5. Diigo
This was the web tool I really was most interested in learning. Over vacation, I spent a few days in my office cleaning up paperwork and culling files. What I discovered was the many fascinating articles I had read about technology prior to launching our original Innovative Learning Designs projects. Buried deep in those files, I had the articles from Maine, from the Rocky Point school district, from Joe Morelock in Oregon and from Chicago as well. At a recent meeting with Apple representatives, they referenced these places. I had forgotten. Orwell Kowalyshyn (@kowalyshyn) gave me many of these references over two years ago. These districts had informed the development of our own projects. I wanted a way to file these articles electronically so I could have them. I’m in diigo now. I have just started but remember, the first step is the hardest one!

6. For Future Learning:
I did go back to visit my LinkedIn account. I still can’t figure out the advantage of being in there. I am not looking for a job, I don’t need any more relationships (I have enough challenges managing the ones I do have), and I haven’t found any of the discussions useful yet. I also find it a strange thing to invite or connect with people. It seems, I don’t know, just kind of bold. Awkward. I find the same true about Google+. It seems like saying, “I have no friends. Will you be mine?”

There are many more things I need to learn. Some of these things I did because I want to redesign my blog (Shhh! It’s a secret). I have a plan. I have sketched it out. This was part of my learning curve before I get to the redesign.

Did this seem pedestrian to you? Do you have something new you learned? Did it feel like “playing?” And is there some other tool you think I should have learned? Let me know.

The author still wonders, given the multitude of Web 2.0 tools “out there,” what makes the most sense for people such as her? If you were not prone to adopting technology easily, what would be the top five you would recommend as useful to others? Why? She would have liked to have a list (partially vetted by the Teacher-Librarian experts of the digital-highway) to know what would really make the best use of her time.

 

You Can’t Google This

The greatest challenge is moving beyond the glitz and pizzazz of the flashy technology to teach true literacy in this new milieu. Using the same skills used for centuries—analysis, synthesis, and evaluation—we must look at digital literacy as another realm within which to apply elements of critical thinking.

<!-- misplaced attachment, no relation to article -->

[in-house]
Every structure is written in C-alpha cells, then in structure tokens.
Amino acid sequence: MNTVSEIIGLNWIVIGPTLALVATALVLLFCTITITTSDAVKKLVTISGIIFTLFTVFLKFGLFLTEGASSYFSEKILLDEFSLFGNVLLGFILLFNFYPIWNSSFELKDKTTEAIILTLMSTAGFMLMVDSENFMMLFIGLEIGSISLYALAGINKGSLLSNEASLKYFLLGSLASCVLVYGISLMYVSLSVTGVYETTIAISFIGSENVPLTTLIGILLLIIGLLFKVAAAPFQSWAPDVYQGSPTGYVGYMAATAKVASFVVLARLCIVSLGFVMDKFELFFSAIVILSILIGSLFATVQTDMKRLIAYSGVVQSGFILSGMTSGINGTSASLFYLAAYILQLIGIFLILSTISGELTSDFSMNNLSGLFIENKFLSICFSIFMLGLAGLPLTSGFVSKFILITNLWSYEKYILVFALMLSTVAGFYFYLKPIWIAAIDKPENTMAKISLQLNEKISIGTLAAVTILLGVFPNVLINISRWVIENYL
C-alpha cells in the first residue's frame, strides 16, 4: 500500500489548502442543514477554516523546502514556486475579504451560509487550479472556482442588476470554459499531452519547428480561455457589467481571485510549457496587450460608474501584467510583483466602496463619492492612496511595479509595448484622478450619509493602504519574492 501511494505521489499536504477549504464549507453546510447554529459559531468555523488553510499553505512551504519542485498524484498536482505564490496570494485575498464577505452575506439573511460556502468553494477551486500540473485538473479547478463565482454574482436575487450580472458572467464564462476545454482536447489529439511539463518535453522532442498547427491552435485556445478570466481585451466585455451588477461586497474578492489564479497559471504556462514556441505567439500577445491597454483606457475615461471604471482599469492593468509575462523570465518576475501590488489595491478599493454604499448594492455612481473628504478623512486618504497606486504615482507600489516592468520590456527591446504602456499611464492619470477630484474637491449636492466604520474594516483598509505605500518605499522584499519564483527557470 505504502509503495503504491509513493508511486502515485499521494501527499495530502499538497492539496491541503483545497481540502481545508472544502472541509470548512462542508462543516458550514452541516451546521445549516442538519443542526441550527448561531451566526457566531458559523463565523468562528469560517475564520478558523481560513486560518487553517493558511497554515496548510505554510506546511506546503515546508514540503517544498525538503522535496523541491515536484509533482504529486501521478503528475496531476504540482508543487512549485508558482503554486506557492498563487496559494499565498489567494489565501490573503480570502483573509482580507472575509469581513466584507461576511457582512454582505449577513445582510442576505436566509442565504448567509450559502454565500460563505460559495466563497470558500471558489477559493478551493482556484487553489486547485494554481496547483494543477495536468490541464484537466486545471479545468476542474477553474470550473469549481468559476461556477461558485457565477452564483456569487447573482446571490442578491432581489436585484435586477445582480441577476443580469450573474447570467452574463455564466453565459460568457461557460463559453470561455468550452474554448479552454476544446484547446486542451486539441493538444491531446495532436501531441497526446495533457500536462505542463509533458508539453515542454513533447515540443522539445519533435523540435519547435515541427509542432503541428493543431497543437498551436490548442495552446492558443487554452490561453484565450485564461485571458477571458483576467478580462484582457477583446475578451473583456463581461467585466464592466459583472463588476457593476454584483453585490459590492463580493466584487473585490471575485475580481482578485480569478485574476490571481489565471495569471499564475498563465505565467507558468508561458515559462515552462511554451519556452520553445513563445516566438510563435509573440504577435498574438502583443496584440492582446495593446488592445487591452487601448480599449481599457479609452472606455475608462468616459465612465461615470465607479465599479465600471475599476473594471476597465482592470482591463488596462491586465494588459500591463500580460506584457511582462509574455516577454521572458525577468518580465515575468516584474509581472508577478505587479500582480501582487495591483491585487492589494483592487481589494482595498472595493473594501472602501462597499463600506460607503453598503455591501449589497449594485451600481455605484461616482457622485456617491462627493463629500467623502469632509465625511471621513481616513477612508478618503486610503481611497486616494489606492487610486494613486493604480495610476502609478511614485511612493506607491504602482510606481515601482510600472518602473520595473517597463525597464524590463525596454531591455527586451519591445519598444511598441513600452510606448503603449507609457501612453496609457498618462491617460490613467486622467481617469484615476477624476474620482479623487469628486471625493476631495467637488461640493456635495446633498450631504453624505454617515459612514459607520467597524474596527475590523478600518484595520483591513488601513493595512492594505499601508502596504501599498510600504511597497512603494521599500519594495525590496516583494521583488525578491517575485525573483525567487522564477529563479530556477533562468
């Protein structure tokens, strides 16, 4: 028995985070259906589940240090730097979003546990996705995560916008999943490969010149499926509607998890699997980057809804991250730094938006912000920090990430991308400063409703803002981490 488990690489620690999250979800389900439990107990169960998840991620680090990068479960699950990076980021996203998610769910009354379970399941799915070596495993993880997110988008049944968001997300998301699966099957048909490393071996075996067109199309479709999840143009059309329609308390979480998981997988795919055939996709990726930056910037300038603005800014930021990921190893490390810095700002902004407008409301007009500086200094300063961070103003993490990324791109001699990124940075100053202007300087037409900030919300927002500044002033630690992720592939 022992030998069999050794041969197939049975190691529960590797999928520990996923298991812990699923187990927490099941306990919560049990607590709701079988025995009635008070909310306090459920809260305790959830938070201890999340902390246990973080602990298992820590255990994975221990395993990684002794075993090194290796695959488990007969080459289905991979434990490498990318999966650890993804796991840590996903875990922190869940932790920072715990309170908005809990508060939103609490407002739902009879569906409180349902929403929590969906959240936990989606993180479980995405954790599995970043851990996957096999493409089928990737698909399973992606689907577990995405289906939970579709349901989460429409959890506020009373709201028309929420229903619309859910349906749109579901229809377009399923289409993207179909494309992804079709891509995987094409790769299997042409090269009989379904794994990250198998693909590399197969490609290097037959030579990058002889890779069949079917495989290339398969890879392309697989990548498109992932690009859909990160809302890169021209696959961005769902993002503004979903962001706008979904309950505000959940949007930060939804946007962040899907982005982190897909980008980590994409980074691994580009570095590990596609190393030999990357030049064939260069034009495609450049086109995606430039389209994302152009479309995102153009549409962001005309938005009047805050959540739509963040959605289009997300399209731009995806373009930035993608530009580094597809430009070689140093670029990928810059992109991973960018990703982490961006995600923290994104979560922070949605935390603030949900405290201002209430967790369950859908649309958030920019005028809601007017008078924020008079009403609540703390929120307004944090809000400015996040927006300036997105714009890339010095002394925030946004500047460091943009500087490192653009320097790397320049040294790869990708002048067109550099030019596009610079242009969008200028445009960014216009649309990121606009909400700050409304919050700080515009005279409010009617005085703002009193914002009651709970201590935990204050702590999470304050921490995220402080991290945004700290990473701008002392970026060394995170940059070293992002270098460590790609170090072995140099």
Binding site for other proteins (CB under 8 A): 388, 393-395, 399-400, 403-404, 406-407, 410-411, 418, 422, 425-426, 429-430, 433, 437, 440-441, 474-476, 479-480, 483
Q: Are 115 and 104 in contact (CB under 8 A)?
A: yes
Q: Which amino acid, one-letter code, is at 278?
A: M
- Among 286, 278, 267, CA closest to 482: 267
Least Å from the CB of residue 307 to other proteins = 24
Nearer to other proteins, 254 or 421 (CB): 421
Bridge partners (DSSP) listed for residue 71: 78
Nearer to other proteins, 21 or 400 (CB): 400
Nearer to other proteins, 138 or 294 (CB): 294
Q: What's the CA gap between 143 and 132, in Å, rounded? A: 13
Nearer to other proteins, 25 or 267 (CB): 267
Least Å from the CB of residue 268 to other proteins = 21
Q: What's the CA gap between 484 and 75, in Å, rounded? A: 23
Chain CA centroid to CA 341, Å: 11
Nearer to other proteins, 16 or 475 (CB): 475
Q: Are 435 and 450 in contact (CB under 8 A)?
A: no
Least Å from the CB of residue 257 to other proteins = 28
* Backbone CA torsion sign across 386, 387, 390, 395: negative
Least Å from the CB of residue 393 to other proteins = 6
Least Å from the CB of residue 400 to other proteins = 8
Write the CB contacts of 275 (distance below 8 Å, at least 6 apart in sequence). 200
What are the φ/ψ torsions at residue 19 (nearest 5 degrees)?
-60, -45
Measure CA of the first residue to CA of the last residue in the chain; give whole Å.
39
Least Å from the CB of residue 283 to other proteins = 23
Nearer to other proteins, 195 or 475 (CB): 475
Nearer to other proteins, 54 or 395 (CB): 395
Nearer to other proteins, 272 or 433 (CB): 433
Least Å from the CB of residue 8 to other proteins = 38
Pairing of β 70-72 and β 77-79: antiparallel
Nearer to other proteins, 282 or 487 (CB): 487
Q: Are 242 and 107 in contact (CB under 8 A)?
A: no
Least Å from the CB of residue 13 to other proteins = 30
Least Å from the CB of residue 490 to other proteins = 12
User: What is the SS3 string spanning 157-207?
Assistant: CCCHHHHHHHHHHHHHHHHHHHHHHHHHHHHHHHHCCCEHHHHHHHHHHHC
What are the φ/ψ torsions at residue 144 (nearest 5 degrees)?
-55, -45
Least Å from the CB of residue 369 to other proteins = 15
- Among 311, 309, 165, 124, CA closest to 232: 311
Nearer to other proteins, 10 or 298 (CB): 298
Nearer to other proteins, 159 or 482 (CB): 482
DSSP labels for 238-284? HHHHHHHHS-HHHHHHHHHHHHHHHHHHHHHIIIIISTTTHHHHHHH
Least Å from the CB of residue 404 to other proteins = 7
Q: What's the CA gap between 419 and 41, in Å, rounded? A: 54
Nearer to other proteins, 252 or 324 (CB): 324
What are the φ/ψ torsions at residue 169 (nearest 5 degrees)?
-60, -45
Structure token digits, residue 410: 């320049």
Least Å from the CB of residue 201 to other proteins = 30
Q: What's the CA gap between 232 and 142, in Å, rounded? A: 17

Jones-Kavalier & Flannigan

Often I get the question from educators, “How can I teach in a classroom with students having a variety of their own devices?” This new reality of giving students the flexibility and choice to bring in their personal learning devices really gives us the opportunity to address how we can improve the learning environment for students. We need to build a culture of ethical use of devices with our students and build assignments that give students choice on how they will deliver their learning to us. It is not the poster project that is the problem but the better question that we need to either form with or pose to our students. Are we giving them “non-googleable” questions that inspire them to explore concepts or are we just asking them to cut and paste their way to graduation? The sea of devices in a classroom forces us to embrace our role as facilitator of knowledge in a community of learners. Are we going to embrace the possibility to improve education for our students with these new tools? Digital devices are just that, another tool that will stretch and expand learning in the student/teacher toolbox. Teachers need professional development in the potential of digital devices and the cloud and students can help in this learning. In the end, an innovative, open teacher is really our best app.

This guest post features Lisa Domeier de Suarez (@librarymall), Helping Teacher (Teacher-Librarian & ICT) for the Surrey School District.  She supports Teacher Librarians as they provide educational leadership through their collaboration with teachers to promote creative, professional learning in schools. Her post originally appeared as a comment in response to Chris Kennedy’s blog on After Personally Owned Devices .